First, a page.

Anna Bryant, Marketing Intern at Common Purpose Ireland, reflects on how engaging with translation can help you practice and improve your Cultural Intelligence.

Translation is taking something in one language and then saying or writing it again, but in another language. Seems simple, right? The beauty and, indeed, the risk of translation is that it’s not simple at all. Some words carry entire concepts, as well as any given meaning that can be translated. For example, the Irish word gaisce describes the achievement of an arduous task and its associated glory. To translate it as just ‘an achievement’ isn’t quite enough. It’s the same for a word like hygge, which we now know isn’t just about feeling cosy — it’s a cultural concept which includes community, togetherness and calm.

I’m aware as I write this that these translations will be contested, and so they should be. We all have different cultural experiences and they can influence the way we see the world and communicate with others. An answer to a question during a meeting, or a reaction to a challenge at work could hold within it a whole range of cultural assumptions and practices. How do we untangle this, and lead a diverse and genuinely inclusive team without the important things getting lost in translation?

Common Purpose CEO Adirupa Sengupta visited us here in Dublin a few weeks ago. During her visit, she offered some insights about sitting between cultures, and leading from that in-between space. For her, it was about being aware of your own cultural formation and your assumptions; keeping an eye out for blind spots, as it were. Like a translator, she is aware of the complexity of cultural exchange, and how that very complexity allows her to be flexible in her leadership. This is the Common Purpose concept of Cultural Intelligence, or CQ.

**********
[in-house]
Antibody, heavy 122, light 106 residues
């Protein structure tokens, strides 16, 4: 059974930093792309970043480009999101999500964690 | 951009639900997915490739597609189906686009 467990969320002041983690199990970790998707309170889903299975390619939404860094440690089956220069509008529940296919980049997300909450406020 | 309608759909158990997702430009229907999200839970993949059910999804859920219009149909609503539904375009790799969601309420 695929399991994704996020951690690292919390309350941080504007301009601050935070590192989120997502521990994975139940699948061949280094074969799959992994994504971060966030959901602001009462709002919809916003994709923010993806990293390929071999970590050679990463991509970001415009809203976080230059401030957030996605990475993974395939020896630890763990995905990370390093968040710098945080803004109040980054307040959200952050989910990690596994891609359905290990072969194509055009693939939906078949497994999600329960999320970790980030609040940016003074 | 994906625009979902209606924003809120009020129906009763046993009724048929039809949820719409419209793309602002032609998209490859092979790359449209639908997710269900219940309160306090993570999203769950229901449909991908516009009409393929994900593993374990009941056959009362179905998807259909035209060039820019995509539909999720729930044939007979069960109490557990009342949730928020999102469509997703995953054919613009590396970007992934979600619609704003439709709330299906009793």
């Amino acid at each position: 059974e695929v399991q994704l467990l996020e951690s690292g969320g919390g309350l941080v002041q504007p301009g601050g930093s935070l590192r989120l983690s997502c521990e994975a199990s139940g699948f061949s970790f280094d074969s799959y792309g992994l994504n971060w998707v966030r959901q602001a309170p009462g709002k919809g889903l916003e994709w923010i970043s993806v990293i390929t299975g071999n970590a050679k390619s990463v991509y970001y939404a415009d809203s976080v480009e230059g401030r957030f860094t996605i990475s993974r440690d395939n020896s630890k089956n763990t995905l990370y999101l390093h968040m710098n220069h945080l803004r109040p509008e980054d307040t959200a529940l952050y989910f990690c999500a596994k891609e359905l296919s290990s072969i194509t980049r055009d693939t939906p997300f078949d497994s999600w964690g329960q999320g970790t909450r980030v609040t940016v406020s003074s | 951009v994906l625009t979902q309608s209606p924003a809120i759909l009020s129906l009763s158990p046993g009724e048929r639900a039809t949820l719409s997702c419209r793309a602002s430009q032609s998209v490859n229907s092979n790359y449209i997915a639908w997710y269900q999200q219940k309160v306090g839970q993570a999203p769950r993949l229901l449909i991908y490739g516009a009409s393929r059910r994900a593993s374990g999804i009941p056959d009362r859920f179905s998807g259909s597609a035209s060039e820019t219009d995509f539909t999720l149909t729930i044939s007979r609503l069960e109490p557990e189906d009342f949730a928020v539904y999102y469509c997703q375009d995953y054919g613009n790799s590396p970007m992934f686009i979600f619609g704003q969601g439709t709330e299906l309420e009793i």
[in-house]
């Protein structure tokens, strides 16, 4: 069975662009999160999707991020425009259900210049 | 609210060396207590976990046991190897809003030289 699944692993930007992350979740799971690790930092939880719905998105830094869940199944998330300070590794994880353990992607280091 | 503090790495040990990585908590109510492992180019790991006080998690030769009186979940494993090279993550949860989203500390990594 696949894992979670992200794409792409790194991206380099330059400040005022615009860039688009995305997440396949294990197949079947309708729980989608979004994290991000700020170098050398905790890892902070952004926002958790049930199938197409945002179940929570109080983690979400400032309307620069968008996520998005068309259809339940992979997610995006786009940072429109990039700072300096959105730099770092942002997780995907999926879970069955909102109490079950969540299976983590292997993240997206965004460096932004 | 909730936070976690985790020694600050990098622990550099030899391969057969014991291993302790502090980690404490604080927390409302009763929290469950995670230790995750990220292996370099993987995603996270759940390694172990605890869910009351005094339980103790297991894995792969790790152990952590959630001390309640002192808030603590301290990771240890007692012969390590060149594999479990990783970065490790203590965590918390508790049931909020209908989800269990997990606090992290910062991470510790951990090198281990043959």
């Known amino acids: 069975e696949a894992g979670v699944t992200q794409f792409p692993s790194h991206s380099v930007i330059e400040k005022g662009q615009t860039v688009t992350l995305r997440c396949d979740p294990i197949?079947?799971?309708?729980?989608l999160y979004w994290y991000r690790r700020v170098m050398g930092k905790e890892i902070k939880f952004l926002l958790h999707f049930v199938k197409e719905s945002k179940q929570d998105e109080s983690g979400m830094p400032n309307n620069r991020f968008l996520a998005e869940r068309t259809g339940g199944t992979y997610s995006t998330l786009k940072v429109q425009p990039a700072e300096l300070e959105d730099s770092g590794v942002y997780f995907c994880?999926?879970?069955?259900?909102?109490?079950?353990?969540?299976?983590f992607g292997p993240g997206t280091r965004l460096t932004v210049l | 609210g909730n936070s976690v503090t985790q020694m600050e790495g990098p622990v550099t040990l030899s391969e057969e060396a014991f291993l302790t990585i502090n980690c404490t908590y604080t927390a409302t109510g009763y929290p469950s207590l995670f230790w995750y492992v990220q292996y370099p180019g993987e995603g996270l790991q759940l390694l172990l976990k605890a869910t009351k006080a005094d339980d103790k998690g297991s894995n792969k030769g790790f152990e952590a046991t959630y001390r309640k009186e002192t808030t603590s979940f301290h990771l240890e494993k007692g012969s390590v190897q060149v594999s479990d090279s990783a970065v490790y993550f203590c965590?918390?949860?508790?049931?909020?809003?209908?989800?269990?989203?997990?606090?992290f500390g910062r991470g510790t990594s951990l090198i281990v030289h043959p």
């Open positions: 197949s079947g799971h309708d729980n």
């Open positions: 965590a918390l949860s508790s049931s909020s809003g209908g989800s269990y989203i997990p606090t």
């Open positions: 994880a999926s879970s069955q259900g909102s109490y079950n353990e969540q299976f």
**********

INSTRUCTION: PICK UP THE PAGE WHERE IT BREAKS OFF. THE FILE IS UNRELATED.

When I think about CQ, it sounds very familiar. CQ describes how capable we are of adapting to and leaning into cultural difference. I’m a literary translator, so my aim is to be humble about my lack of knowledge, thorough in my research and aware of the ways my culture effects my work. Vitally, I should try to be confident in this daunting place between cultures and do the best I can. The end product is a book or a play that brings people together. This ambition translates well to other areas of life, and is central to the CQ concept.

Engaging with translation is a great way to help you practice and improve your Cultural Intelligence. It’s a workout for the brain, and it helps you to put your view of the world and of your own culture(s) into perspective. This doesn’t mean that everyone should learn another language and start work on a novel, unless you want to join us in the world of literary translation! But reading translated fiction or getting to know the different languages spoken in your office is a great start. Being more aware of the dynamic nature of your place in the world can be scary, but this knowledge frees you to make positive change happen.